conceivably write like that? By providing such oversimplified
these texts frequently deprive students of answers to the more complex
questions they had, regarding a particular usage, when they opened the
Usually with the result that these students, in future, avoid writing
sentence complex enough to run afoul of that basic
RIGHT: Dick writes style guides. Dick writes and punctuates. Spot is illiterate but likes to chase the commas Dick throws away. Dick is a good writer.
WRONG: Jane reads style guides, but sometimes ignores them. Jane writes steamy novels, and often flouts social convention. Jane is a bad person.
In case you’re not old
enough for this analogy, those were reading primers from the fifties
sixties, and Spot was the dog. Of course, what with canine life
must have been replaced once or twice by this time (maybe Spot III);
the kids are now projected thirty or forty-odd years into their
futures. Dick seems to have spent the intervening time with an
respect for authority, however dubious it proved to be. While Jane
adopted a more bohemian lifestyle. She probably has a cat, and an
has read Emma Goldman and Anais Nin. I don’t think
Jane’s a bad
person — and neither does her cat. Her editor probably doesn’t either…but
up to him…or her, as the case may be.
I was introduced to the young gentleman who was to be my roommate, and found him to be intelligent, cheerful of spirit, unselfish, full of generous impulses, patient, considerate, and wonderfully good-natured.
They slice around the bone a little, then break off the limb.
When the ship rolled to starboard the whole platoon of dancers came charging down to starboard with it, and brought up in mass at the rail; and when it rolled to port they went floundering down to port with the same unanimity of sentiment.
Virginia reel, as performed on board the
The nautilus is nothing but a transparent web of jelly that spreads itself to catch the wind, and has fleshy-looking strings a foot or two long dangling from it to keep it steady in the water.
Each man sought his neighbor's eye, but found in it no ray of hope, no encouragement.
much of the Russ pavement in
We are on
our way to Gibraltar,
and shall reach there five or six days out from the
It was a pleasant business, and was very popular.
It is pushed out into the sea on the end of a flat, narrow strip of land, and is suggestive of a "gob" of mud on the end of a shingle.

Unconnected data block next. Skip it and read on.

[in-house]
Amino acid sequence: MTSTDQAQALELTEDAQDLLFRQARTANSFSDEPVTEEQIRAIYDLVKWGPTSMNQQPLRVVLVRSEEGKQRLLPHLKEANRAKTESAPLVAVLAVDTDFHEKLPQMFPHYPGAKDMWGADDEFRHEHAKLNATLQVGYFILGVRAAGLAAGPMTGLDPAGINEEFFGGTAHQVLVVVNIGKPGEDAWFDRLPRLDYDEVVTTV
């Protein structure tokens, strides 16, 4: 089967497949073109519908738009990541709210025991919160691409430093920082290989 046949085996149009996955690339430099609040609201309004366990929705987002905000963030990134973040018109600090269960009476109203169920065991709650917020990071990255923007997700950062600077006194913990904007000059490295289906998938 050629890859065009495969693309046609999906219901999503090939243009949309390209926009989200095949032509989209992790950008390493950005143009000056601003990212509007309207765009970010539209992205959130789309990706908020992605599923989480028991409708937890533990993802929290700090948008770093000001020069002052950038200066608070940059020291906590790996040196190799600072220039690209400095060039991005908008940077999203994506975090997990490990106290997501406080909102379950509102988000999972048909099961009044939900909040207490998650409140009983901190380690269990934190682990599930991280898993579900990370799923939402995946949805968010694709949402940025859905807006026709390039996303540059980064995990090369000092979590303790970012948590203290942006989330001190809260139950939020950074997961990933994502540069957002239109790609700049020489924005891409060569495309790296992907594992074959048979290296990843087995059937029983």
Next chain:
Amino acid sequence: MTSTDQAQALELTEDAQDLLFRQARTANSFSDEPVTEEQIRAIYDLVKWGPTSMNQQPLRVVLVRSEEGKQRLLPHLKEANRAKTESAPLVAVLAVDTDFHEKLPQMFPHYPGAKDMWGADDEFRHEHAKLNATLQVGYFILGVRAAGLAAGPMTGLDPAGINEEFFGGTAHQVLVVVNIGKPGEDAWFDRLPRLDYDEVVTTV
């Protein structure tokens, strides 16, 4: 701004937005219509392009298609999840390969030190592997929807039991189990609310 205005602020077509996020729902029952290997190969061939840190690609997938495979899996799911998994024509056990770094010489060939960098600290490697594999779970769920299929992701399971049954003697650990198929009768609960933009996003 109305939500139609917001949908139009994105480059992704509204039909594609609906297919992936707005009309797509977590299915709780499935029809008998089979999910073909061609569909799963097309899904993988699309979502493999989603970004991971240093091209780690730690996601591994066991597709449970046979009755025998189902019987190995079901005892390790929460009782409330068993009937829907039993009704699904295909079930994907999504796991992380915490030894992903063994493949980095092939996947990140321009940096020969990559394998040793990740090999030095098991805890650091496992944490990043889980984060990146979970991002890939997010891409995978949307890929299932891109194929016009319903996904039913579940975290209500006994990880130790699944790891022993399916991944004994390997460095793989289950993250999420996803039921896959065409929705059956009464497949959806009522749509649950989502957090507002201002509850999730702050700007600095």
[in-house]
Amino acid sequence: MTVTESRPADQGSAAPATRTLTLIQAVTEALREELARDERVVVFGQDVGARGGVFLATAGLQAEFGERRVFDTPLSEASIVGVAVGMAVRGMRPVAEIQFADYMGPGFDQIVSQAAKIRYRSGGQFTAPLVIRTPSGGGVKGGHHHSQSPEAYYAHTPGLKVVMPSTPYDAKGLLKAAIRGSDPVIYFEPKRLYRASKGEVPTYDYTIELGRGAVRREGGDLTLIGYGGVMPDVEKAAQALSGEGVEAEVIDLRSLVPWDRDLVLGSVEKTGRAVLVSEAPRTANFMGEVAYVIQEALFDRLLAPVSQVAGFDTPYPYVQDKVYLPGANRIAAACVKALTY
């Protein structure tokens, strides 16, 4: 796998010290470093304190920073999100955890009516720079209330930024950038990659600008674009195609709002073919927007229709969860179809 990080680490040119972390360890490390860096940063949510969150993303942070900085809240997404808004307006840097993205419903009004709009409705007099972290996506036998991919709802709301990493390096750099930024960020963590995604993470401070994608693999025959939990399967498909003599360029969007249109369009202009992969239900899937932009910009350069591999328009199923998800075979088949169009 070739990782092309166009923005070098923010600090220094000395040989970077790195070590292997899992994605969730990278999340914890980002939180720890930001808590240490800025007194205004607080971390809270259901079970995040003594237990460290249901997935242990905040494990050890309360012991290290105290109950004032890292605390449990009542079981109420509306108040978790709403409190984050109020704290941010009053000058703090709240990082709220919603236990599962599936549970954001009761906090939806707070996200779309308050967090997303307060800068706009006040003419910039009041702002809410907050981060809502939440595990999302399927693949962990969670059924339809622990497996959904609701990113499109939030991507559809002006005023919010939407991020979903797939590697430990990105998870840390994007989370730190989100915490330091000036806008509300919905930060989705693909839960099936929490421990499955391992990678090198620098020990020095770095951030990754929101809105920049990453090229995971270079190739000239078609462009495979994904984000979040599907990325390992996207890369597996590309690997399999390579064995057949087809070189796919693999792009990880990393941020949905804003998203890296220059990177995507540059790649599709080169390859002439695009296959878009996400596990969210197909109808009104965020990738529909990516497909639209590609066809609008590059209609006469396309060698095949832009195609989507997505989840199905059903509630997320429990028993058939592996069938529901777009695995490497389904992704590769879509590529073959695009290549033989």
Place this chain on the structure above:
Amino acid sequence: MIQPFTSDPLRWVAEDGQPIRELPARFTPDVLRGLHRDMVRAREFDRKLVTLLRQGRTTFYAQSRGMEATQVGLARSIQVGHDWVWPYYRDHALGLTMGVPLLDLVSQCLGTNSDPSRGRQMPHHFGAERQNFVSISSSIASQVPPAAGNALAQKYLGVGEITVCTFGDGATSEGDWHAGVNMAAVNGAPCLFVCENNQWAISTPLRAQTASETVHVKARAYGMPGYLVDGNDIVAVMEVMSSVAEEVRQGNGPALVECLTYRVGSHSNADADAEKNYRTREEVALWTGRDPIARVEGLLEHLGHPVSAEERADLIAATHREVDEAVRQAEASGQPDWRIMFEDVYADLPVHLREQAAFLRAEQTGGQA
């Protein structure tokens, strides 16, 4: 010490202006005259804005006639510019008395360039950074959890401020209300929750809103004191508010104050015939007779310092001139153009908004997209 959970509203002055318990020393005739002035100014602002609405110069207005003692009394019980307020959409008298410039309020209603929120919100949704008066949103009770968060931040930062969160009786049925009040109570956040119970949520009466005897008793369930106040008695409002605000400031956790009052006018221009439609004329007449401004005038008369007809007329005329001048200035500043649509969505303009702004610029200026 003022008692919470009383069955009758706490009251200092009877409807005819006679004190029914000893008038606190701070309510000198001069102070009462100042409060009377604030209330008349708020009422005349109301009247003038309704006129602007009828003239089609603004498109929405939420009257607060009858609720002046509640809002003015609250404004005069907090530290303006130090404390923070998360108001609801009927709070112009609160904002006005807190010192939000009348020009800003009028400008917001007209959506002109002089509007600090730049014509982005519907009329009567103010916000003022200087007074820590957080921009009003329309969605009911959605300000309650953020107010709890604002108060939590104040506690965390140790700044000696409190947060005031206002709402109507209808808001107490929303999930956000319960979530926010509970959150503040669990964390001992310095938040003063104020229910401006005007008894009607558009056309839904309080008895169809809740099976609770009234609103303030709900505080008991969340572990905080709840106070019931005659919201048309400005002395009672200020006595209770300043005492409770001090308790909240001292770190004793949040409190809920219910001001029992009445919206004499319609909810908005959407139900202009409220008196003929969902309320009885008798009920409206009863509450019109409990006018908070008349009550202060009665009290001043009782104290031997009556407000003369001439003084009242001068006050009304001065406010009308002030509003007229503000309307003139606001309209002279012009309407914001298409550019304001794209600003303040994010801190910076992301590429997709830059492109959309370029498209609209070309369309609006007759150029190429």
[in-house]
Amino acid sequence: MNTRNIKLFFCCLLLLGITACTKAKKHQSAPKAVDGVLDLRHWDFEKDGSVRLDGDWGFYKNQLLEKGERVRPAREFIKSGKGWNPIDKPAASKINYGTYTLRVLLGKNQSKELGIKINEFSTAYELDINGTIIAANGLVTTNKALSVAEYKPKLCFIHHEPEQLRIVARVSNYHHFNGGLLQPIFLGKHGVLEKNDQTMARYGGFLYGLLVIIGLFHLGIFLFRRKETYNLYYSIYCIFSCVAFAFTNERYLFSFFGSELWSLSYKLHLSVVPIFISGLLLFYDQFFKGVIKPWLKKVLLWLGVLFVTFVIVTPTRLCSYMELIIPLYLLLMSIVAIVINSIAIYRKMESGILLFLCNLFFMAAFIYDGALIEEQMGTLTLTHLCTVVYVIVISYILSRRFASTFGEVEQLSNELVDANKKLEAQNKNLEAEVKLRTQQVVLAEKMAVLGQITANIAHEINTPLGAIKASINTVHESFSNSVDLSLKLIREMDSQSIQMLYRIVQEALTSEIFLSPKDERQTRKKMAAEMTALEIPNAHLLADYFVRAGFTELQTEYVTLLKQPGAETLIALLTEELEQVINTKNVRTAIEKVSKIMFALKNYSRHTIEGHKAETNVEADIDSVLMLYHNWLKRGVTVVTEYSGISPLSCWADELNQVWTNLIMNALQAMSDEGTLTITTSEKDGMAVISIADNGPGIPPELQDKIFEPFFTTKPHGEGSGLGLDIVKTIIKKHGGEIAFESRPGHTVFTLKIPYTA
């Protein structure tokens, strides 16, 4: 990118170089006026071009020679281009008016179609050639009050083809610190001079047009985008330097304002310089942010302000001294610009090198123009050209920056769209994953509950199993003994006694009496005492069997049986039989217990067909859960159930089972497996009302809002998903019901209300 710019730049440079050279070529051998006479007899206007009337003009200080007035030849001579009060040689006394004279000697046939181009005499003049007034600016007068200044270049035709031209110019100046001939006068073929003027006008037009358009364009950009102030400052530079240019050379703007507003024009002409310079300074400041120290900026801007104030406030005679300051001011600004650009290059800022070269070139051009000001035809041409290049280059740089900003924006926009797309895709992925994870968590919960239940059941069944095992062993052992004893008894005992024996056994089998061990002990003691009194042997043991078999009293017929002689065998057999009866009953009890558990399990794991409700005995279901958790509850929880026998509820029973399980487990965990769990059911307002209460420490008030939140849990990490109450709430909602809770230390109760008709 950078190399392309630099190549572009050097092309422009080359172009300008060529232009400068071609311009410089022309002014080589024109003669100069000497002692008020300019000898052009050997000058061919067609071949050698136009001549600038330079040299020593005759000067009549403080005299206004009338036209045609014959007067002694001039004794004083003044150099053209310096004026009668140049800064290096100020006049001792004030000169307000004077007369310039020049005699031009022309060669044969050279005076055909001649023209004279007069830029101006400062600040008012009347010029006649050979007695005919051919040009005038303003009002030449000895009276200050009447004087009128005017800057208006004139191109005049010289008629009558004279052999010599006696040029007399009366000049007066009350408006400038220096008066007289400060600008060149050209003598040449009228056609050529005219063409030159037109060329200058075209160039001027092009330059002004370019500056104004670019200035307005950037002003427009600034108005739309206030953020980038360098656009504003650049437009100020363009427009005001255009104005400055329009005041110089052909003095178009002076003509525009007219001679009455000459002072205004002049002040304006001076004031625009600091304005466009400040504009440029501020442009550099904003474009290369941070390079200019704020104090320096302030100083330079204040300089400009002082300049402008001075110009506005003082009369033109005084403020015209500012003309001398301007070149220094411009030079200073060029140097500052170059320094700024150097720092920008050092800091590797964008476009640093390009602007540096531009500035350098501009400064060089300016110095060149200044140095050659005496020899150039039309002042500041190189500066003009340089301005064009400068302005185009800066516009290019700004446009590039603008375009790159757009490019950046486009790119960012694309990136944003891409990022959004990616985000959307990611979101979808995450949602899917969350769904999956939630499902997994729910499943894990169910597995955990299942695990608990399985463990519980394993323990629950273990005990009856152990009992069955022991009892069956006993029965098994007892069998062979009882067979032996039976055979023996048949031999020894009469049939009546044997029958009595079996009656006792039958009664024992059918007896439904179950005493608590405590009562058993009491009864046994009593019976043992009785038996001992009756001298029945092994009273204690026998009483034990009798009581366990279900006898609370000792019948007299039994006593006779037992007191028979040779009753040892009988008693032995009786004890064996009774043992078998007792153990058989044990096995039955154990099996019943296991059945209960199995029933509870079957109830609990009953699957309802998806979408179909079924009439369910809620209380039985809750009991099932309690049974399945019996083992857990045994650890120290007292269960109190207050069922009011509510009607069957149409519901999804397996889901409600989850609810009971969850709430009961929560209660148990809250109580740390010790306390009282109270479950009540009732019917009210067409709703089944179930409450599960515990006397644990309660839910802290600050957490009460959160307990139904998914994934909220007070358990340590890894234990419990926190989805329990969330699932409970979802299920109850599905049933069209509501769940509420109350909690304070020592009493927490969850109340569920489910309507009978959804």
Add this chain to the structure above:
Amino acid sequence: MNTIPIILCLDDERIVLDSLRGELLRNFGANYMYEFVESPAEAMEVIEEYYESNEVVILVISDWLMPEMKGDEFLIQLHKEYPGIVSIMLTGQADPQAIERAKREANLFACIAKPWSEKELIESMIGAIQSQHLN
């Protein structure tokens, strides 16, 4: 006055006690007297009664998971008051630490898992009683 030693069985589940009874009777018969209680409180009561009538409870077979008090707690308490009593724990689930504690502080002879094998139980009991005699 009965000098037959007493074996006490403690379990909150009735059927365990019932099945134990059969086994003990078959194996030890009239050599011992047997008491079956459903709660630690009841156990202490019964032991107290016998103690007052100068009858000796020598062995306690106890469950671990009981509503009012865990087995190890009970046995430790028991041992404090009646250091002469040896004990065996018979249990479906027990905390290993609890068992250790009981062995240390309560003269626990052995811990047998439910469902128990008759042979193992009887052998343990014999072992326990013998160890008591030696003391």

We could go on — and use
practically any of Twain’s books to do so — but that ought to be a
demonstration. If you don’t trust Samuel Clemens to punctuate prose,
as well give up on American Literature. Good thing for us Twain wasn’t
influenced by all these modern style guides — or maybe it’s just that
weren’t influenced by Twain.
But inasmuch as this obviously differs from American English, the American pedagogues remain faithful to the grammarians of the era before phonology became a science, and imitate them in most of their absurdities.
I wondered what I could come up with from Oscar Wilde, outside of his plays or poetry, and quickly pulled this from one of his short stories:
He had been a tea-merchant for a little longer, but had soon tired of pekoe and souchong.
I really wanted something from one of his essays, though; so I opened De Profundis. These are the first three lines:
…Suffering is one very long moment. We cannot divide it by seasons. We can only record its moods, and chronicle their return.
And you don’t have to look more than four paragraphs into Heart of Darkness by Joseph Conrad to find this:
The Accountant had brought out already a box of dominoes, and was toying architecturally with the bones.
Finally, I turned to F. Scott Fitzgerald, and what many critics think the exemplary American novel, The Great Gatsby. Wouldja believe ol’ Scott used commas in this manner whenever he felt inclined? The book’s filled with that sort of punctuation. I’ll give you just one pertinent line from the first chapter:
“I woke up out of the ether with an utterly abandoned feeling, and asked the nurse right away if it was a boy or a girl.”
Had enough? We could go on
like this all day, but I’m sure we both have other work to attend to. I
do, at any rate.